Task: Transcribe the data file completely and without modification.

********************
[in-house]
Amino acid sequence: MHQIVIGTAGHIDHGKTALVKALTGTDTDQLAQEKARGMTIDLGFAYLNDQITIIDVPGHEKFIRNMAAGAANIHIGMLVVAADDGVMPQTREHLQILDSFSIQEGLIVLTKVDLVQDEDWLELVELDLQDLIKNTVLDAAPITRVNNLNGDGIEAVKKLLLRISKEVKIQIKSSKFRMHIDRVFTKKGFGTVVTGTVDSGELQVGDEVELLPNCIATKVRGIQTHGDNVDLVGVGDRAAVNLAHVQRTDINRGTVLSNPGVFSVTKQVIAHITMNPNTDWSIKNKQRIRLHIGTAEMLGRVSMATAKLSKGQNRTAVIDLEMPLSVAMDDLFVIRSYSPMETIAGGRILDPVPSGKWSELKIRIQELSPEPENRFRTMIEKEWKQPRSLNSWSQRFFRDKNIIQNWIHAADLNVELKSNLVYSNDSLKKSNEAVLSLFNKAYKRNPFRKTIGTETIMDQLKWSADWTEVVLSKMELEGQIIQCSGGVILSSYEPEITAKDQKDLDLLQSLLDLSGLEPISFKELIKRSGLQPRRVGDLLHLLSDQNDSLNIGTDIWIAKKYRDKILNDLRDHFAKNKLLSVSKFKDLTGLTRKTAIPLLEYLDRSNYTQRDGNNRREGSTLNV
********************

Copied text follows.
[in-house]
Amino acid sequence: MHQIVIGTAGHIDHGKTALVKALTGTDTDQLAQEKARGMTIDLGFAYLNDQITIIDVPGHEKFIRNMAAGAANIHIGMLVVAADDGVMPQTREHLQILDSFSIQEGLIVLTKVDLVQDEDWLELVELDLQDLIKNTVLDAAPITRVNNLNGDGIEAVKKLLLRISKEVKIQIKSSKFRMHIDRVFTKKGFGTVVTGTVDSGELQVGDEVELLPNCIATKVRGIQTHGDNVDLVGVGDRAAVNLAHVQRTDINRGTVLSNPGVFSVTKQVIAHITMNPNTDWSIKNKQRIRLHIGTAEMLGRVSMATAKLSKGQNRTAVIDLEMPLSVAMDDLFVIRSYSPMETIAGGRILDPVPSGKWSELKIRIQELSPEPENRFRTMIEKEWKQPRSLNSWSQRFFRDKNIIQNWIHAADLNVELKSNLVYSNDSLKKSNEAVLSLFNKAYKRNPFRKTIGTETIMDQLKWSADWTEVVLSKMELEGQIIQCSGGVILSSYEPEITAKDQKDLDLLQSLLDLSGLEPISFKELIKRSGLQPRRVGDLLHLLSDQNDSLNIGTDIWIAKKYRDKILNDLRDHFAKNKLLSVSKFKDLTGLTRKTAIPLLEYLDRSNYTQRDGNNRREGSTLNV